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Measuring Variability in a Data Set


Alignments to Content Standards: S-ID.A.2 S-ID.A.3

Task

Jim has taken 4 exams in his Statistics class.

 

Exam

Score

1

92

2

84

3

96

4

100

 

 

  1. Both the MAD (mean absolute deviation) and the standard deviation are commonly used to measure variability in a data set. Explain how the way the standard deviation is calculated is different than the way the MAD is calculated.

  2. Calculate the standard deviation of Jim’s scores and explain how this value represents the variability in his test scores.

  3. Sally took the same exams and also had a mean score of 93. Both students’ scores are displayed in the dot plots below. Without calculating, determine if Sally’s standard deviation is larger than, smaller than or equal to the standard deviation for Jim’s scores. Explain your reasoning.

    S.ID.2 Graph 1.jpg
     

  4. Tom also took the same exams. His mean was 91 and his standard deviation was zero. What scores did Tom receive on his exams?

IM Commentary

In high school, students build on their experience with the mean absolute deviation (MAD) in middle school. The standard deviation is introduced as a measure of variability, and students calculate and interpret the standard deviation in context. The purpose of this task is to develop students’ understanding of standard deviation (S-ID.2).

In the discussion of question 1, make sure that students can explain the differences in the way the standard deviation and the MAD are calculated (squaring instead of absolute value and division by n-1 instead of n).

Other discussion points include the following.

  • Students are familiar with MAD (mean absolute difference) and should be able to discuss how the standard deviation is related to the MAD.

  • Students should recognize which of the data points contribute the most to the size of the standard deviation.

  • Students should recognize the purpose of squaring each deviation. Note that the sum of the deviations will always sum to zero.

  • Note that the score of 84 on Jim’s first exam contributes the most to the size of the standard deviation and 92 contributes the least. These correspond to the scores that are furthest away from and closest to the mean respectively.

 

Solution

1. The standard deviation is a measure of spread about the mean and is defined as

 Standard Deviation = \(\sqrt{{1 \over{n-1}} \sum {{(x - \bar{x})}^2}}\) 

 MAD = \({1 \over{n}} \sum {{ |x - \bar{x}|}}\) 

            While both measures rely on the deviations from the mean (\(x - \bar{x}\)), the MAD uses the absolute values of the deviations and the standard deviation uses the squares of the deviations. Both methods result in non-negative differences. The MAD is simply the mean of these nonnegative (absolute) deviations. The standard deviation is the square root of the sum of the squares of the deviations, divided by (n-1). This measure also results in a value that in some sense represents the “typical” difference between each data point and the mean.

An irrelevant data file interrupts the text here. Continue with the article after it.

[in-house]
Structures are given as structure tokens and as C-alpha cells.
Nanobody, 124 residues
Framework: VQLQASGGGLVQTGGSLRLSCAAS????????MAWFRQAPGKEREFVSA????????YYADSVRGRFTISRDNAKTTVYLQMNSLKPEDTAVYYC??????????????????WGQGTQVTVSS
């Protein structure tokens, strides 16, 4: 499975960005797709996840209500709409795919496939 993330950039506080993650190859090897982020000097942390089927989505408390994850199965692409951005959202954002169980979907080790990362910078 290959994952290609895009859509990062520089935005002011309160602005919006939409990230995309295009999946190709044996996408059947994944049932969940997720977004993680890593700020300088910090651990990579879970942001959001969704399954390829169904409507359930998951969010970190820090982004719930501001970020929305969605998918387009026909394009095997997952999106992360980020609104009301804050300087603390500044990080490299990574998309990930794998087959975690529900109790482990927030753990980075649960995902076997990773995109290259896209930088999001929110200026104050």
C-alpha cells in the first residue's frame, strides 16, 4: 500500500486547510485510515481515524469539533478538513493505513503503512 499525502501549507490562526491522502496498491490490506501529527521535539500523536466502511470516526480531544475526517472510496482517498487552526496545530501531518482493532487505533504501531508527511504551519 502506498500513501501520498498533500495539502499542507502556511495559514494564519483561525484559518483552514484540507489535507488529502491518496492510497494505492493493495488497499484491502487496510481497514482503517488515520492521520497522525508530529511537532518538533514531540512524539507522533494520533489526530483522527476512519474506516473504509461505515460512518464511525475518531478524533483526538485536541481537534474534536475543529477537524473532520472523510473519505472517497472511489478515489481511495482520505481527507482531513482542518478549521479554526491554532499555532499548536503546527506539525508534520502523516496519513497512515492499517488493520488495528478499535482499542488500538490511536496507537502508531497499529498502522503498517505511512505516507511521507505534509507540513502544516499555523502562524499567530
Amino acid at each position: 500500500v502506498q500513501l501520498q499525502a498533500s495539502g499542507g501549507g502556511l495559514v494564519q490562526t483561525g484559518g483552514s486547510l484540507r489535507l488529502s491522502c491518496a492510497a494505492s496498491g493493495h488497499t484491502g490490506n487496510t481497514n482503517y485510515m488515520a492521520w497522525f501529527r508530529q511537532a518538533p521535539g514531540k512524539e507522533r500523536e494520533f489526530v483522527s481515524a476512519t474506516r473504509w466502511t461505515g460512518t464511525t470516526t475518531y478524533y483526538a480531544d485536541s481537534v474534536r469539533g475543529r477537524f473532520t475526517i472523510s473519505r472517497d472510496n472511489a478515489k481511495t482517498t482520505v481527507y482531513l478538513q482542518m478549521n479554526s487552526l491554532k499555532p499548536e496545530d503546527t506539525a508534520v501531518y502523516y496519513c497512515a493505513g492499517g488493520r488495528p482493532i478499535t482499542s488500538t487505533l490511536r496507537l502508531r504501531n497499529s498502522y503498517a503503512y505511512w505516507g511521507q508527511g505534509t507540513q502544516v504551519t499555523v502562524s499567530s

2.  To calculate the standard deviation, we must first find the mean of the test scores. \(\bar{x} = {{92+84+96+100} \over {4}} = {{372} \over {4}} = 93\). Then, we find the deviations from the mean, find the sum of the squares of the deviations, divide by one less than the number of scores and take the square root of the result.

 

           

 

Exam

Score

\(x- \bar{x}\)

\((x - \bar{x})^2\)

1

92

92 - 93 = -1

1

2

84

84 - 93 = -9

81

3

96

96 - 93 = 3

9

4

100

100 - 93 = 7

49

 

            \(\sqrt{{1 \over{n-1}} {\sum{(x - \bar{x})}^2}} = \sqrt{{1 \over {3}}(1+81+9+49)}= \sqrt{{140} \over{3}}=\sqrt{46.67} = 6.83\).

            This value is larger than the mean absolute difference between the mean and each test score, which is MAD = \({1 \over{n}} \sum{|x- \bar{x}|} = {1 \over{4}}(1+9+3+7)=5.\). Because the standard deviation is based on the squared deviations from the mean, it will be large when the values in a data set are spread out around the mean and small when the values are tightly clustered.

       3.  Sally’s scores and Jim’s scored both have a mean score of 93. Since Sally’s scores are clustered more closely around 93 than Jim’s scores, Sally’s scores are less variable and the standard deviation of her scores will be smaller than the standard deviation of Jim’s scores.

       4.  In order for the standard deviation to be zero, all scores must be the same. So Tom must have scored 91 on all four exams.

roxypeck says:

almost 2 years

You are right--in this situation it would be correct to use the formula for standard deviation that divides by n rather than n-1. However, the standards don't distinguish between sample standard deviation and population standard deviation and so population standard deviation is often not introduced.

Maureen says:

about 2 years

Why would the sample standard deviation formula be used here instead of the population standard deviation?